Stephen Myers was a Black activist in connection with the Underground Railroad and African American rights in general. He was born and enslaved in Hoosick, Rensselaer County, New York State and raised when it was a slave state working on progressive abolition. He was the principal agent and a key writer for the Northern Star and Freeman’s Advocate, he was also the editor of The Elevator and The Telegraph and Temperance Journal.
As early as 1831 he was assisting fugitives from enslavement making their way to Canada. He was also active in 1827 with a group of little-known significance called the Clarkson Anti-slavery Society. As time went on he was involved in organizing and serving as a delegate to many of the Colored Men’s Conventions of the 1830s to the 1860s, to secure African American rights. He was involved in voting rights campaigns through the NYS Suffrage Association, was involved in organizing a school, and sued Albany Schools over segregation.
In the late 1840s Meyers also organized the Florence Farming and Lumber Association, an economic development project in Oneida County, and was the vice president of the American Council of Colored Laborers, a trade and skills organization.
Meyers spoke around the country and shared the podium on many occasions with Frederick Douglass and other notables of the abolition movement. He visited refugees in Canada, and recruited soldiers for the US Colored Troops. Myers’ work with the Underground Railroad was assisted by the city of New York’s Sydney Howard Gay of The National Anti-Slavery Standard. Additionally, Myers received fugitives referred to him from Philadelphia, New York and Boston. Myers eventually merged the Northern Star with another newspaper known as the True American to create the Impartial Citizen of Syracuse. The paper ceased publication two years later after its editor and publisher, Samuel Ringgold Ward, fled to Canada after his involvement in the Jerry Rescue in Syracuse.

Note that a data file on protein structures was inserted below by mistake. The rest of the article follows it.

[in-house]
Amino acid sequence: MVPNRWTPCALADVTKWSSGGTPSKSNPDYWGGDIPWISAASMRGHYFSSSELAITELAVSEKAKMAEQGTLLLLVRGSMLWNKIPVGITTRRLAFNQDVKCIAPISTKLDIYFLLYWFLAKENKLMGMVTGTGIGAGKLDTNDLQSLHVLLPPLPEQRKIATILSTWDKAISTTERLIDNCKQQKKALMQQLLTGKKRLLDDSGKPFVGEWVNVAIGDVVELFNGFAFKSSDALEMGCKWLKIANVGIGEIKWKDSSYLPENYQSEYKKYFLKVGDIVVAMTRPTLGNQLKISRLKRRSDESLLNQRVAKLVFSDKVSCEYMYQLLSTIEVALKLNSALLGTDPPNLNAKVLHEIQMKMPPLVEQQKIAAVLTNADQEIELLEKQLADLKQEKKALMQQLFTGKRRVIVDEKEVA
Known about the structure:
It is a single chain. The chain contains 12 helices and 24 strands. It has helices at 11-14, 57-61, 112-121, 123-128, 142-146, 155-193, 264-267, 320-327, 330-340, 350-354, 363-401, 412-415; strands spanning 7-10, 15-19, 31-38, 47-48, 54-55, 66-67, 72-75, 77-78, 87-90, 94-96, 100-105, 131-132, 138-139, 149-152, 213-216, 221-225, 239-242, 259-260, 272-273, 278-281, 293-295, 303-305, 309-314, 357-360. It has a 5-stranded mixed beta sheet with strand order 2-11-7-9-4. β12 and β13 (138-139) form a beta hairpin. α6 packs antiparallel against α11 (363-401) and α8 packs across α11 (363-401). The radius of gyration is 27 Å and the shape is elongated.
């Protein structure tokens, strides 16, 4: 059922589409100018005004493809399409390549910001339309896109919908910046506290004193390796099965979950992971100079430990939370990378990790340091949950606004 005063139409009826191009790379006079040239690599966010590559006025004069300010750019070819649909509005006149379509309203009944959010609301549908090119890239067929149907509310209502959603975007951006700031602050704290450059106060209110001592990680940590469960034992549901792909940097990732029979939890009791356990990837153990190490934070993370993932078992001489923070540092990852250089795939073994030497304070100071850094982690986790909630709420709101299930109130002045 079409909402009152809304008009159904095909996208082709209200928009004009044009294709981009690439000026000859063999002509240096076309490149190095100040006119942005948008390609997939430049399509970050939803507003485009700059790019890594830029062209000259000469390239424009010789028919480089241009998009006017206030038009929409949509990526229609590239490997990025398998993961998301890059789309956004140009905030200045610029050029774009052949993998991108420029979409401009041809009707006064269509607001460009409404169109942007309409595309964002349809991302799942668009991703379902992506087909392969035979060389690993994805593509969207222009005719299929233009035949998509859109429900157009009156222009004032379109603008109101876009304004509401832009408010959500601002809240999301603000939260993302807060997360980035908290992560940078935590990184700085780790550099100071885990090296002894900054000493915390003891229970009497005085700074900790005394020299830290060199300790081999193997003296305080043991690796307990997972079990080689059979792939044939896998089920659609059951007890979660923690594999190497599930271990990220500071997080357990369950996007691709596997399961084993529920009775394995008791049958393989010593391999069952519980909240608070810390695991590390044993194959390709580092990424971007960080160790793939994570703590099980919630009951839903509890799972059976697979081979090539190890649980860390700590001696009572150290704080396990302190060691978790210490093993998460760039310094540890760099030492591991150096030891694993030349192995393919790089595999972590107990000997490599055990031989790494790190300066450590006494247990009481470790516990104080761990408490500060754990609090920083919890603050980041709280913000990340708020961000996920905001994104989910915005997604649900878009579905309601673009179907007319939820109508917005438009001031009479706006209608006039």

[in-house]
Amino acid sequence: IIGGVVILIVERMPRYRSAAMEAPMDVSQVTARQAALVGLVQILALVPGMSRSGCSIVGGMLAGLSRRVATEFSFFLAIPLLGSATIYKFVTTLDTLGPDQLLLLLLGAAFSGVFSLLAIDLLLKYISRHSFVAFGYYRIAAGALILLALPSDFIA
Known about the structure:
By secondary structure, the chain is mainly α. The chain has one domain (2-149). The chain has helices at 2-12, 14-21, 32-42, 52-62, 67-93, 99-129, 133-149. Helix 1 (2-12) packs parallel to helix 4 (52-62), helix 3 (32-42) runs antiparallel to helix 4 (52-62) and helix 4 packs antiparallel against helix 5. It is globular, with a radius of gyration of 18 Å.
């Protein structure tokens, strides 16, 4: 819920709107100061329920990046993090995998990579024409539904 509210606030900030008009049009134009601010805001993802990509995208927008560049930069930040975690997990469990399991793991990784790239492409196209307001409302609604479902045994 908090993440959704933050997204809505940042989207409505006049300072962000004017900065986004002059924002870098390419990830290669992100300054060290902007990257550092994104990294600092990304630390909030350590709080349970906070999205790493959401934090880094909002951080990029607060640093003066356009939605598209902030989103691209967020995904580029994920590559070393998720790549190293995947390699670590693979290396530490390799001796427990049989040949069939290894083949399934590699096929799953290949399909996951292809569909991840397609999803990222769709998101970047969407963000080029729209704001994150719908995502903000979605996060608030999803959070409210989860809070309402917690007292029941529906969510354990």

Meyers was the father of five children. His wife Harriet Myers, whom he met and married in Troy) was a key element in his activism as she maintained the home front while he was working Hudson River steamboats as a Steward, speaking around the country, and attending meetings. His letters to Judge William John Jay in the 1850s offer unusual insight into the often-secret workings of the Underground Railroad in general and in Albany in particular, revealing financial dealings, operations and donors.
Stephen Myers died in 1870 after having been born and raised in enslavement, freed, crusaded against slavery, and lived to see the 13t , 14th and 15th Amendments to the U. S. Constitution passed as a capstone to his life’s work.
Stephen Myers will be inducted into the National Abolition Hall of Fame and Museum (NAHOF) in Peterboro, Madison County, NY, during Induction Weekend October 21st through 23rd, 2022. NAHOF is pleased that this Induction weekend for Myers, Robert Everett, and Calvin Fairbank will go forward after being postponed twice due to coronavirus. Paul Stewart nominated Myers on behalf of Underground Railroad History Project of the Capital Region, Inc. 194 Livingston Avenue, Albany.
The Induction Weekend begins Friday, October 21 at 7 pm with a Musical Tribute to Rev. Robert Everett with Welsh music and Everett poetry readings. On Saturday morning October 22 at 10 am there will be a guided tour of the Gerrit Smith Estate National Historic Landmark. At 11 o’clock the Hall of Fame and Museum will open, followed at 12:30 by the Annual Meeting of Members of NAHOF.
The Abolition Symposia begin at 1:30 pm with a presentation on Rev. Robert Everett, followed by the Calvin Fairbank presentation at 2:30 pm. The program for Stephen Myers at 3:30 pm will be presented by Paul and Mary Liz Stewart, researchers and founders of URHPCR. Paul is the author of this nomination. Mary Liz is the executive director of Underground Railroad History Project which owns and manages the Stephen and Harriet Myers Residence in Albany.